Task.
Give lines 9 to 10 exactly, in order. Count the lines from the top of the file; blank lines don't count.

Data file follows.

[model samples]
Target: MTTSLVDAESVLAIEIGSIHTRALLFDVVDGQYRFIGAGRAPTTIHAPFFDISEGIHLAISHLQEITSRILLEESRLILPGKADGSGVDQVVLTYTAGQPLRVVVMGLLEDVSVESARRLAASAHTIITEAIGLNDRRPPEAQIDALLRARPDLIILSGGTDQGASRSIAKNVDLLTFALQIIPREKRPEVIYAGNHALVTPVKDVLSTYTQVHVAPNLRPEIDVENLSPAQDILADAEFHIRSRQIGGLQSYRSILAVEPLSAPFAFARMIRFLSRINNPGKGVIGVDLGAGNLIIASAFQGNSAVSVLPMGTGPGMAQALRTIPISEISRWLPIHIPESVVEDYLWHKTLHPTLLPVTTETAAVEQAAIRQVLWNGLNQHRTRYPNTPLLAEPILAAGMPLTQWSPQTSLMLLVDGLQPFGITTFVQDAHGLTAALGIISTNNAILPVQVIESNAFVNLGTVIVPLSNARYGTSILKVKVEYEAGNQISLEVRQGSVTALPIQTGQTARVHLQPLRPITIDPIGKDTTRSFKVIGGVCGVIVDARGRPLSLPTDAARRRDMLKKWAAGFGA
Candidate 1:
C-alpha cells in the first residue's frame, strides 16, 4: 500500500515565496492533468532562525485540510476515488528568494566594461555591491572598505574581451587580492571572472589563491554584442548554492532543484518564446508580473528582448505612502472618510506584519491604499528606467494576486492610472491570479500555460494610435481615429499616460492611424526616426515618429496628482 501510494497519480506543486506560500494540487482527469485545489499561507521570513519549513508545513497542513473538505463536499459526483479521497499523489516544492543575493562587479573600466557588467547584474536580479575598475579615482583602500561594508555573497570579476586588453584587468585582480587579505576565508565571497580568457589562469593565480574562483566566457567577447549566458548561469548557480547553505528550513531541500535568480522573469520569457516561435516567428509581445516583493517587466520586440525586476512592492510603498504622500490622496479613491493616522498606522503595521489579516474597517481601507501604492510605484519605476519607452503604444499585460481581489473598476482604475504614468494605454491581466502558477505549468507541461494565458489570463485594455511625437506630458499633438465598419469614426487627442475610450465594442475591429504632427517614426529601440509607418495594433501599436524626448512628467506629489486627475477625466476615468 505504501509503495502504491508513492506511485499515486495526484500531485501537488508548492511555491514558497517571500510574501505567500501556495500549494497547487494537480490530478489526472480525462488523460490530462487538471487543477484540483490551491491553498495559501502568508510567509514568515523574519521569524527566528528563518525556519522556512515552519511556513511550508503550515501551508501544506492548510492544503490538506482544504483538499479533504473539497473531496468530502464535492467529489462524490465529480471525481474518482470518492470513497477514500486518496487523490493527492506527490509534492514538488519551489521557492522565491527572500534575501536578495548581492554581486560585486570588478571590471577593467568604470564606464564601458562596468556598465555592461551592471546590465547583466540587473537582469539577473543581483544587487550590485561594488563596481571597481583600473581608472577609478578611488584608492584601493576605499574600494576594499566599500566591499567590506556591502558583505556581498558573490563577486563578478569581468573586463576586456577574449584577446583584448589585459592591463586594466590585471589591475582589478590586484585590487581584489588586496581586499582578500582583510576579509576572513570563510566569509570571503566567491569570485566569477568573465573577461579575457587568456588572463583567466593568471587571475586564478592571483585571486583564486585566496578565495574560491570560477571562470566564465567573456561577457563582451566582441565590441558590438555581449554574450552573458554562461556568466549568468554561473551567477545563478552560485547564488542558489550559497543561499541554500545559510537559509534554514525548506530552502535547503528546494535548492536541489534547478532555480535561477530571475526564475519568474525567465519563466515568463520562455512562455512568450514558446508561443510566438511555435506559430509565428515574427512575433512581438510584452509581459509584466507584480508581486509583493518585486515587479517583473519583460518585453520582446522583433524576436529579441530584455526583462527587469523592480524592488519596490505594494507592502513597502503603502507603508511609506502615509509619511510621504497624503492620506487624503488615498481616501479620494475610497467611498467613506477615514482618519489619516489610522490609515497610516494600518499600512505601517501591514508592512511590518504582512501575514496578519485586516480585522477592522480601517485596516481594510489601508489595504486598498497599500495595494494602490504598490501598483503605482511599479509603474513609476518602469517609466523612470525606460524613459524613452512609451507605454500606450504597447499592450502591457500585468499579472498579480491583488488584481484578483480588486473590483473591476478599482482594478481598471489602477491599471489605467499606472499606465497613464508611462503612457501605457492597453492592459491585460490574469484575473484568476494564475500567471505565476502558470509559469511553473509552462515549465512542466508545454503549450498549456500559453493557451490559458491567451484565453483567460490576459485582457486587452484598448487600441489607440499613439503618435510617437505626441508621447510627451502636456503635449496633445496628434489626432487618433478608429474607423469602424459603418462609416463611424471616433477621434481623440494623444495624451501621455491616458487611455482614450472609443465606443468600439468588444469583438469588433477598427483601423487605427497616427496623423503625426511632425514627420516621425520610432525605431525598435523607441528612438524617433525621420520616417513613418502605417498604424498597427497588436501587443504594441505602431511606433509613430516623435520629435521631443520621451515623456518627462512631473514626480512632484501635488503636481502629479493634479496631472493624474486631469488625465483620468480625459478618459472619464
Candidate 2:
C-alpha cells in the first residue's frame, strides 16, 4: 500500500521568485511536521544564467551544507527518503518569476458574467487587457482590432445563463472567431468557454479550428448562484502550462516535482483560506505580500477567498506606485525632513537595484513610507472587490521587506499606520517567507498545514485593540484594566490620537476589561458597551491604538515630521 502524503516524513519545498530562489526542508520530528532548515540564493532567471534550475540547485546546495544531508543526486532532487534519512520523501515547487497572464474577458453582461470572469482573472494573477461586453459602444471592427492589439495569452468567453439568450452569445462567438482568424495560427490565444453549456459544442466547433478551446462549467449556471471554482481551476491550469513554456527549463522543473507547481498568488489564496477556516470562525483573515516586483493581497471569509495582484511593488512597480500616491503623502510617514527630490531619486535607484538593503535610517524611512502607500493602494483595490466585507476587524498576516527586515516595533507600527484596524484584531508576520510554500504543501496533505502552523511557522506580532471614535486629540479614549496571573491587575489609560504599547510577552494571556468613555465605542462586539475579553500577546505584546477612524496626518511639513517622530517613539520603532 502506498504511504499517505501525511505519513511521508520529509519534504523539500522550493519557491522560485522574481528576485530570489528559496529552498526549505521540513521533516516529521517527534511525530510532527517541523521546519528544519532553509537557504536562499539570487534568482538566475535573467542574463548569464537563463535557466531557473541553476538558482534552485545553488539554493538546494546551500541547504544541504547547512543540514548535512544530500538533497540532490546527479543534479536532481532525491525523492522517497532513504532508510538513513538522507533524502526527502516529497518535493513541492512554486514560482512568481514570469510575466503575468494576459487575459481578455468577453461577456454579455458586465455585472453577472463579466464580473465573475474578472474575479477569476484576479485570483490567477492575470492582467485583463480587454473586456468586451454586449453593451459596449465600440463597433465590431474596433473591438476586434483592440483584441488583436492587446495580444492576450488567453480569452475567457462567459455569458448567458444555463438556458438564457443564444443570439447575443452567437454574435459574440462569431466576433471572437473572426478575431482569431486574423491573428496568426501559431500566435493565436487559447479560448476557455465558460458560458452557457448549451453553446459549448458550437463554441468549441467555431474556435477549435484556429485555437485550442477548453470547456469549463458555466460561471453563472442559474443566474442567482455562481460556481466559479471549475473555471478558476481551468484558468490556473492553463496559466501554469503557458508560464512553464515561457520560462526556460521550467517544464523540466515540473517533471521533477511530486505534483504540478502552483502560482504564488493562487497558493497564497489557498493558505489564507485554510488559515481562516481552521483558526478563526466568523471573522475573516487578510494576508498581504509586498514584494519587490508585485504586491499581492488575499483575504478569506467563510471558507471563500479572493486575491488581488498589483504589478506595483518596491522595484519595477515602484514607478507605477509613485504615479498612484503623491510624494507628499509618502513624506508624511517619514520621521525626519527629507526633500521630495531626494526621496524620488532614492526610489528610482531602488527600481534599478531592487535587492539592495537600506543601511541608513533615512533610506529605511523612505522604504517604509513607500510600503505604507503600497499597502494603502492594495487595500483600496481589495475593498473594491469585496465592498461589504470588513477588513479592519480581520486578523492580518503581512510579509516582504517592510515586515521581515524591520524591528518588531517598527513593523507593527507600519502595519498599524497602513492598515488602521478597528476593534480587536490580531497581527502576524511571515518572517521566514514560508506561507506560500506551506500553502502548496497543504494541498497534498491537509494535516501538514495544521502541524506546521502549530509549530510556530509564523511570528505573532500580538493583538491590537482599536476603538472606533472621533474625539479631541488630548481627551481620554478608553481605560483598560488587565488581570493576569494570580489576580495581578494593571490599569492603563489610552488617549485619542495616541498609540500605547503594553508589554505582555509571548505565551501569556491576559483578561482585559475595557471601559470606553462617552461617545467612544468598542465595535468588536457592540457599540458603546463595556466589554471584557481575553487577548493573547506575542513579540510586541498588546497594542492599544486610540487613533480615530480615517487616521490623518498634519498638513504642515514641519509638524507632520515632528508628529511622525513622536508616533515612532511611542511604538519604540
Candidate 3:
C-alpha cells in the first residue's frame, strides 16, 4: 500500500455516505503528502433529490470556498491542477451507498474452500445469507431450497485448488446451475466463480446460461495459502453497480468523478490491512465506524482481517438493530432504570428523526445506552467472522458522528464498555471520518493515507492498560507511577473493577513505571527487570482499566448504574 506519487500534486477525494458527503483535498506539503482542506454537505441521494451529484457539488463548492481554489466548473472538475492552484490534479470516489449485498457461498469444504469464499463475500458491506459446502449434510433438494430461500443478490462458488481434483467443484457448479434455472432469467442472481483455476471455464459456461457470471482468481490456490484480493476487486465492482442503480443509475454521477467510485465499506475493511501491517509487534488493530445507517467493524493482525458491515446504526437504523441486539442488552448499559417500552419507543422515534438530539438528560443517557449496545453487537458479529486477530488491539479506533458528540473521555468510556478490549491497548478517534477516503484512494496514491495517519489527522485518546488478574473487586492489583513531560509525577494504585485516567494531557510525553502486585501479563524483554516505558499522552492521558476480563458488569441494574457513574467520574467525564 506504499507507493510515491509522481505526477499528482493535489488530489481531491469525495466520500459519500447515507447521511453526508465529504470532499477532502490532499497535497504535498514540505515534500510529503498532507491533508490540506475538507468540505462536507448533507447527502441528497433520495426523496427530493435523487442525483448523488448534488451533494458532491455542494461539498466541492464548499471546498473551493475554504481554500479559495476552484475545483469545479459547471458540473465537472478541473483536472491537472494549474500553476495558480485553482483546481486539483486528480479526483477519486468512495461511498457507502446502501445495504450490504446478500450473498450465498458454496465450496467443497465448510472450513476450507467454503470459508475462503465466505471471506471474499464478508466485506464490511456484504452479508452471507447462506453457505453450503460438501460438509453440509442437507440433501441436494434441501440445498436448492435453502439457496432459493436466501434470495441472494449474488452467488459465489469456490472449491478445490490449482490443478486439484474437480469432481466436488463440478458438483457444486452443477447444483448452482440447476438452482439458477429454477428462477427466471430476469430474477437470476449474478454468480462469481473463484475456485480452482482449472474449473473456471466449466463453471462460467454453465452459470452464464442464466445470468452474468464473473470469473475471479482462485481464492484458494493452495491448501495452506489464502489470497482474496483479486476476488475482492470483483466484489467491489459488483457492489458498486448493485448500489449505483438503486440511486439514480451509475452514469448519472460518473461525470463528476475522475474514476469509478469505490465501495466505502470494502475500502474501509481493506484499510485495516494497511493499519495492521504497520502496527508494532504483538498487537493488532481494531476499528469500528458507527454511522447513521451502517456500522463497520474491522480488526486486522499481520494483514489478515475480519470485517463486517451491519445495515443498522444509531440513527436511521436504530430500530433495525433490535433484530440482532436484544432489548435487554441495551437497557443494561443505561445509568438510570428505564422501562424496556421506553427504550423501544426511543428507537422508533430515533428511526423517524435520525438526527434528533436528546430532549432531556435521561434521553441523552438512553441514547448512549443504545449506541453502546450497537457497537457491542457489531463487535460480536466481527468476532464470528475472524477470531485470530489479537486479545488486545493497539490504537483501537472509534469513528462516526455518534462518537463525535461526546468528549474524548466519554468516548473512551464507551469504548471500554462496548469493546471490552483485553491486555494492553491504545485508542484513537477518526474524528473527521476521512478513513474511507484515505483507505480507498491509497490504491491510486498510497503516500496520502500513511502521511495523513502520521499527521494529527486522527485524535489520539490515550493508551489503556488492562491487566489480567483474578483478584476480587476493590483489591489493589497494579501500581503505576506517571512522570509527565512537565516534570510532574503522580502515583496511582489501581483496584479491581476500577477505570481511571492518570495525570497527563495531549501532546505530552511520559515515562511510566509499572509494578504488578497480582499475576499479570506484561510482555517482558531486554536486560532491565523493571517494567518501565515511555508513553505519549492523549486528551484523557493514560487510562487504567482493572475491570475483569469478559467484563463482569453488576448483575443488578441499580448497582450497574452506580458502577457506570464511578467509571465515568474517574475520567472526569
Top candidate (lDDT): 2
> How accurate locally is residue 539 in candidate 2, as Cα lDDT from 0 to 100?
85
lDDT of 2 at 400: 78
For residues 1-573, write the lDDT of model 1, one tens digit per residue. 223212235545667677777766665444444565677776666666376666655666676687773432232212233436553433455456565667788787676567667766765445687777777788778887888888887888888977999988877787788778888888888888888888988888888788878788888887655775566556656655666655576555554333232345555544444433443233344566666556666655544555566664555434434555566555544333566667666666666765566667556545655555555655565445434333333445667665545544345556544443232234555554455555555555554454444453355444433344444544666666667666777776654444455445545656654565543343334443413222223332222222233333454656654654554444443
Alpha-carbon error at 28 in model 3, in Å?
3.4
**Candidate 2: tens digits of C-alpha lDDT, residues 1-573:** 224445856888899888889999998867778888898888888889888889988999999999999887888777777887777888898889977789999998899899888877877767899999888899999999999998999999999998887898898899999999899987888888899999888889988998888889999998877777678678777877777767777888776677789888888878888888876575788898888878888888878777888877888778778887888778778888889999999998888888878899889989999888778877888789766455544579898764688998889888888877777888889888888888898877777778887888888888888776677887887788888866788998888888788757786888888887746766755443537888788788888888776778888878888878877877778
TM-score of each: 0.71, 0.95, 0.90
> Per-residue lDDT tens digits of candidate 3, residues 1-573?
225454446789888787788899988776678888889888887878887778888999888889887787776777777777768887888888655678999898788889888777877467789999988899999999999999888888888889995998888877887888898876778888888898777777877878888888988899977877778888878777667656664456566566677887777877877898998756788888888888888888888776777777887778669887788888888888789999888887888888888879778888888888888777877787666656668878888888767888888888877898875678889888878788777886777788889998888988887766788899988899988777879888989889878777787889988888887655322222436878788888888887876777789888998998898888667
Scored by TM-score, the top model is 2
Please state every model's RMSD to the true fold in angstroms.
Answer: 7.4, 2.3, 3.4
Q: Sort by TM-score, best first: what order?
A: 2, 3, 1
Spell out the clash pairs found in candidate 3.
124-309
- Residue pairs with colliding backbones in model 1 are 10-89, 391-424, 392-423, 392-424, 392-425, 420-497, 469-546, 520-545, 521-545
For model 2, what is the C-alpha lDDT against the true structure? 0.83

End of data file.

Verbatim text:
Top candidate (lDDT): 2
> How accurate locally is residue 539 in candidate 2, as Cα lDDT from 0 to 100?